“Oh well, at least you know who we are now!”  I cheerfully respond and there are a few more exchanges between us.  He’s parked up further down the coast.  A regular campervanner on the Spanish Riviera he reports how much busier it’s become in recent seasons.

“There are campers everywhere now, where there used to be just two or three.”

“Yes” I commiserate and recount our experience of tailing long lines of motorhomes around Scotland.

Then he takes a slug from his water bottle and is gone, leaving us to get food ready.  

Supper done, M walks Stan.  Pilar appears to be a purpose-built holiday town, full of uniform dwellings.  All but six seem empty, the town is uninhabited, dormant; like sleeping beauty waiting for her visitors’ kisses before she can wake up for the summer.  

Which is great for us, it’s quiet and nothing interrupts the sound of waves crashing against the pink and gold limestone rocks, except for the occasional call of a sea bird or Stan snuffling in his dreams.  

Day 24, 27th Jan – Easy like Sunday Morning…

Well, easy like everything really, with G&L, they do unhurried cheer to an Olympic standard and then when it’s time to kick into action, then “Boing!” they’re up and ready.

So we went from:

“Oh yeah, look at the time…” to “Right then, I’ll turn the car round and we’ll be off!”

Which we did, because this was the ‘look, see” day.  Three hours of sight-seeing-with-a-purpose followed by a late lunch at the locally famous ‘Maria’s’ restaurant in the village.  

Up hill, and down olive and almond-blossom sprinkled dale.  Weaving around the faces of the mountain in ever-tighter hairpin turns. I gaze through the car windows, wondering at the terraces, neat, maintained, industrious, for mile after mile.  

There’s a small cassitta (cottage) in Pinos village, you can almost see it from G&L’s terrace.  It’s rented now but they’re looking to sell.  Comes with different options in terms of land available.  Beguiling, authentic, terracotta-tiled with an open fire. A homestead of whitewashed loveliness.

We move on. “Se Vende” appears form time to time. But more importantly, we get the feel for this corner of the world that our hosts love dearly.  They are evangelical, proud, and still bewitched. It’s not hard to see why.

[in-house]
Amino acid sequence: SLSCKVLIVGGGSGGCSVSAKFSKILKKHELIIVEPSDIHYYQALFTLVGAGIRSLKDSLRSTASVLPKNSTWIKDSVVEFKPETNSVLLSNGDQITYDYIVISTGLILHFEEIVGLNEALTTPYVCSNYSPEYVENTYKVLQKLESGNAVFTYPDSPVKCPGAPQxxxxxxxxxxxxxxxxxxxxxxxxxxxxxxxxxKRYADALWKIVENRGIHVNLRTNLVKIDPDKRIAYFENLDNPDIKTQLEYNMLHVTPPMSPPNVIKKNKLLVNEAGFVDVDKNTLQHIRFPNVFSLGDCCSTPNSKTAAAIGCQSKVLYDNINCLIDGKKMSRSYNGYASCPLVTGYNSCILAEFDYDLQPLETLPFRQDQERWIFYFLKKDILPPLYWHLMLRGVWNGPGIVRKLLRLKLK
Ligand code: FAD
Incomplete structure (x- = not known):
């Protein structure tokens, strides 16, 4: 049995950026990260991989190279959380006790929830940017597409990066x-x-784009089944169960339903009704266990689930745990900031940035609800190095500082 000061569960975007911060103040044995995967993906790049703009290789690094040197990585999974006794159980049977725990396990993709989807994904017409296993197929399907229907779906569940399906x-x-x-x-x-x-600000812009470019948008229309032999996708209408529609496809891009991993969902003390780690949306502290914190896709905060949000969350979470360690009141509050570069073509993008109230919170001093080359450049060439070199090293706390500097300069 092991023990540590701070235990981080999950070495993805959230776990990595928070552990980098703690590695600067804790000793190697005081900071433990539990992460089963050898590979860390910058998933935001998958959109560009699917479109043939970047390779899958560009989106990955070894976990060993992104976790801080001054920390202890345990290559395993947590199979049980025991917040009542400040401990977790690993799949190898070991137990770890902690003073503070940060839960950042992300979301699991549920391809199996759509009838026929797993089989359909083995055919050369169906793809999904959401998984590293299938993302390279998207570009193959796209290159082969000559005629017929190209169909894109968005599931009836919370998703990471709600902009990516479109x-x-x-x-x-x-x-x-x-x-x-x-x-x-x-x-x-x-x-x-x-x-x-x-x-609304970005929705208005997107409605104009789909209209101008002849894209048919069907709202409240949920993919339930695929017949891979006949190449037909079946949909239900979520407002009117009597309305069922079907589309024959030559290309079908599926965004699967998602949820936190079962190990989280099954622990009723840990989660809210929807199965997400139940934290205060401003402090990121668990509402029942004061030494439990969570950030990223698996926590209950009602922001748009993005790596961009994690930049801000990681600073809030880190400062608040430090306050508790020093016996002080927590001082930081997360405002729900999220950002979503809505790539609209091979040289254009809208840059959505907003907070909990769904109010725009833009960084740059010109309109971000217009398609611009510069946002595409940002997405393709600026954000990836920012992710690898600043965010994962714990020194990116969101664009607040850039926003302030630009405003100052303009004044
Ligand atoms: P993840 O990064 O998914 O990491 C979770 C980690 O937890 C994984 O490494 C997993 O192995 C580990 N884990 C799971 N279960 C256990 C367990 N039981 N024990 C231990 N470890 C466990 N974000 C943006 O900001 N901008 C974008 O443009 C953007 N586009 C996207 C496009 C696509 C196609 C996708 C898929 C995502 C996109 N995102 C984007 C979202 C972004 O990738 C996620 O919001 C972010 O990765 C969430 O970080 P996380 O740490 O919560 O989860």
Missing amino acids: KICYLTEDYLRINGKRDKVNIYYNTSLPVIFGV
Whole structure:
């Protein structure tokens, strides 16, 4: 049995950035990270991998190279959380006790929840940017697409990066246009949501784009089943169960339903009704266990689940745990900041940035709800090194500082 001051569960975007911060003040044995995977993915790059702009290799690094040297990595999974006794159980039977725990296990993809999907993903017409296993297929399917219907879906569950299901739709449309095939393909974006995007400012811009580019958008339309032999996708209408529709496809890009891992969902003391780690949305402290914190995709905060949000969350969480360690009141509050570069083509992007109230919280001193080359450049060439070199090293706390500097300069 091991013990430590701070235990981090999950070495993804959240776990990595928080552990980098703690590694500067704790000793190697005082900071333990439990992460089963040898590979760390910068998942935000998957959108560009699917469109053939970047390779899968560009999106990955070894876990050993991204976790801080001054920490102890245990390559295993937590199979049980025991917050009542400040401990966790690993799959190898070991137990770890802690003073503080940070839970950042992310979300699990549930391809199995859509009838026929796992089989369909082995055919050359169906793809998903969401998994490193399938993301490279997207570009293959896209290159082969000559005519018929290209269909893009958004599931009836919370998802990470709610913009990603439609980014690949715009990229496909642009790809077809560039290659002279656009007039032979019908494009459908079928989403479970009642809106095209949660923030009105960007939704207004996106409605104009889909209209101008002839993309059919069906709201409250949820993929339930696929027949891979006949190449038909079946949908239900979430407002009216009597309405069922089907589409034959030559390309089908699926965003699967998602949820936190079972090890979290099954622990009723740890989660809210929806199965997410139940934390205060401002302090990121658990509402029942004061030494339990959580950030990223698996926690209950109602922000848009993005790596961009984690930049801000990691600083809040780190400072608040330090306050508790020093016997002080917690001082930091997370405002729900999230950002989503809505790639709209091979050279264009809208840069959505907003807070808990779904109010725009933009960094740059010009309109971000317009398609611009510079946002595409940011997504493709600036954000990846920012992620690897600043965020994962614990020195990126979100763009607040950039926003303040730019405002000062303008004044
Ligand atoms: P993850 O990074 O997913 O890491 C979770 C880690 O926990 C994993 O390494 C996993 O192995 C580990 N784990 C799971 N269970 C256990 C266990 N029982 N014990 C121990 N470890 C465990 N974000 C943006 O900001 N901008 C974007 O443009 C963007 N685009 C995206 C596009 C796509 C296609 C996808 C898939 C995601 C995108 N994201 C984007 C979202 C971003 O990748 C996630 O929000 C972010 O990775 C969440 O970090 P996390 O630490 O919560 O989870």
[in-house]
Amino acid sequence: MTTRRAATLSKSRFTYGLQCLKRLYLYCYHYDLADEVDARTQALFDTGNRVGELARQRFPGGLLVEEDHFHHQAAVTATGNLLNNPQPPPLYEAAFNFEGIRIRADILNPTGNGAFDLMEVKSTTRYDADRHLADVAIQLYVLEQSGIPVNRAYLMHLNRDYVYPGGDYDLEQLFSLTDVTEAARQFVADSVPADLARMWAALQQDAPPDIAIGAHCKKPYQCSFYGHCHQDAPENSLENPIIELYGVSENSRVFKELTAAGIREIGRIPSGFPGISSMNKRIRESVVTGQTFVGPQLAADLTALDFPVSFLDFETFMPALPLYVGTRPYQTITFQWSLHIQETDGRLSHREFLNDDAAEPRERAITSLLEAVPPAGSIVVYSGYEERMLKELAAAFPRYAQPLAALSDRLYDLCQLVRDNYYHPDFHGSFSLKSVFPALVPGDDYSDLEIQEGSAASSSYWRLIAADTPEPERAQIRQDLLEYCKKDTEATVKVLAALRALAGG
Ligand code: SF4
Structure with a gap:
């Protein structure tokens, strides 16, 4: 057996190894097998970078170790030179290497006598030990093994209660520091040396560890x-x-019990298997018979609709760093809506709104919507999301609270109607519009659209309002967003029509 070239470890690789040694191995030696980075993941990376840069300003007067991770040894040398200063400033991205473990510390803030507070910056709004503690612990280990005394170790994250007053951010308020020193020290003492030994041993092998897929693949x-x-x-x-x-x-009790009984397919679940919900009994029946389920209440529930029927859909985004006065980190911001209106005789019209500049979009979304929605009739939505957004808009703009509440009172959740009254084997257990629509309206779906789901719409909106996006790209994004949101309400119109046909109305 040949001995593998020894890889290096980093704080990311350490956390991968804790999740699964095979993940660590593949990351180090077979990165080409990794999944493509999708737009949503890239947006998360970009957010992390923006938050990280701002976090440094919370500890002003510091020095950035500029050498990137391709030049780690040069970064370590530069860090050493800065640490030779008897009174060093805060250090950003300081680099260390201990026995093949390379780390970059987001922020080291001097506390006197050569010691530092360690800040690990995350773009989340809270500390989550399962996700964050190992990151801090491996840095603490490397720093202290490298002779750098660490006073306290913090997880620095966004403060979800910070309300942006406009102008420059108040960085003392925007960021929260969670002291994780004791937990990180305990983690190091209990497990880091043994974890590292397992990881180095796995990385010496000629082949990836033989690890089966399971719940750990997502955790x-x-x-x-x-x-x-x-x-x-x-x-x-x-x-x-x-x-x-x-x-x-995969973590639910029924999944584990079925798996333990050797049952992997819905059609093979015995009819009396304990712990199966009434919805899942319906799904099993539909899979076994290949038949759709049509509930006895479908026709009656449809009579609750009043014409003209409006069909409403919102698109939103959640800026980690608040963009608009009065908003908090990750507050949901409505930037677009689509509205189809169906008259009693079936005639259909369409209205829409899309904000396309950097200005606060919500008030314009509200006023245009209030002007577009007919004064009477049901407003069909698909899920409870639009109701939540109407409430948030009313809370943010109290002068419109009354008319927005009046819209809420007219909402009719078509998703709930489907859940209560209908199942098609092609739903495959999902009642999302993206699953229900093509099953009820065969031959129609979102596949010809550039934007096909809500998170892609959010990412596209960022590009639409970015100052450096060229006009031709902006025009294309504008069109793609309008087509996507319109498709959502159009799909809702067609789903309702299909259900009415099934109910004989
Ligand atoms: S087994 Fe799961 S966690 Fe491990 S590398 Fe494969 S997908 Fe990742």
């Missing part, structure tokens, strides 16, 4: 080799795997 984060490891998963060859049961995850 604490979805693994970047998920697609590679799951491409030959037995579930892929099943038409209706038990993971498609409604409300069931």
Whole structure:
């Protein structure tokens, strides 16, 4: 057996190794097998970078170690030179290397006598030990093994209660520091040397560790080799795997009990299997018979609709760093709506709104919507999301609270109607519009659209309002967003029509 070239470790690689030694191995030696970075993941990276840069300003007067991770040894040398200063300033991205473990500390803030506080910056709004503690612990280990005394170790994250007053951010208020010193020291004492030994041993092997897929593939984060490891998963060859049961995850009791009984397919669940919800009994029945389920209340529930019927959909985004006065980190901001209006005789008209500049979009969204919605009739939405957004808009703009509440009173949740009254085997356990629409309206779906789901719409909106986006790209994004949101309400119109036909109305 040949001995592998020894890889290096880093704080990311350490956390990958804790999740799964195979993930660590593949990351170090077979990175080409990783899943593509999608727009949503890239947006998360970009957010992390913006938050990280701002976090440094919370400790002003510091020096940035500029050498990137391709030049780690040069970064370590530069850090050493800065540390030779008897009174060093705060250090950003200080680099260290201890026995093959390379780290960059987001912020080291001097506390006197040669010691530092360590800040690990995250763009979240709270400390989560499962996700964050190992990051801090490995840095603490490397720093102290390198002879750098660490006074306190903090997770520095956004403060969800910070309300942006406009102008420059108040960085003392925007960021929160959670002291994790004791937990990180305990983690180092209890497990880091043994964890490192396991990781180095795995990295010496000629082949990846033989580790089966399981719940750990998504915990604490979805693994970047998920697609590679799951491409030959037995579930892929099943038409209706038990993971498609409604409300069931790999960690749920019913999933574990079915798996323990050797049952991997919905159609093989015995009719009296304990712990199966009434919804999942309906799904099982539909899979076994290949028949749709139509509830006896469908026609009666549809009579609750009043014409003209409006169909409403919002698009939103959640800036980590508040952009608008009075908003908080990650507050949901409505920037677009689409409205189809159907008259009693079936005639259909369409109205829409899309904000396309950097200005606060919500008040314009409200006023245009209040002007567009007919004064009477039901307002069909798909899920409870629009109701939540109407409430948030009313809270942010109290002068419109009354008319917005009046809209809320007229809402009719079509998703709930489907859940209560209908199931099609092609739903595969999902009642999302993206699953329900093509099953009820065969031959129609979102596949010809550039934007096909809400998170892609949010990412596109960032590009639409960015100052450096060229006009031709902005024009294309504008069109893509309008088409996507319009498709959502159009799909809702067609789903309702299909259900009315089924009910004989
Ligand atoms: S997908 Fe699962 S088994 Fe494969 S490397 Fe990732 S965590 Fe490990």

At Maria’s Restaurant, we’re served by a weary but charming son of Maria, who corrects (instead of wincing at) my Spanish, followed up by Gary who explains my error.  We chomp and chatter as fellow Brits turn up to say hello.  

Chris and Chrissy, who first dated as teenagers and then thirty plus years later finally rediscovered each other and have been inseparable since.  

Gareth (renting “my” cassita in the village) who’s been to the medieval market that we didn’t make, there being too much catching up with G&L to do.  Gareth smiles warmly and says that he’ll happily help up house-hunt in the next town down the mountain, he loves his current location.  

On our way out after an endless set of tasty delights, we’re called in by Jo, another Pinos resident and part time journalist for the local Bendorm Paper. She insists that we meet her dogs and see the new sofa.  

For each conversation of: ”How long?  Why? and Was this the right decision?” we learn not only of personal histories but what made a move successful, and the reasons for that fearless leap.  Each person we quiz states firmly and cheerfully that this was the best thing they’ve ever done.

There was a lot of wobble juice.  I turned out to be the only person drinking red wine until Gareth came along and he felt bad about drinking mine, so insisted I help him finish off his additional bottle.  Bottles of white and rose came to the table along with beer.  Then Jo had wine, which was supplemented by further supplies.  

So, it was a woozy pair of Wilsons that unsteadily wobbled their way to the van last night.  

Brain-full, I stood and looked up at the velvet night, pinpricked with shards of brilliance.  I wonder, I wonder…

Day 23, 26th Jan – Throwing down the gauntlet

My heart flutters with hope, like wings of a fledgling bird on the edge of it’s nest.

I can see a vision.  It’s so clear, I can almost taste it, palpable enough to hear the rhythms of a new life and touch it’s fabric.  But I’m getting ahead of myself…

There is something magical, gazing up through muted-green, olive tree foliage, to spy dawn’s pomegranate glow reflected on the shanks of Mount Bernia, It offers tranquility to early day musings, lets the mind wander slowly down dapple-shaded avenues toward wakefulness.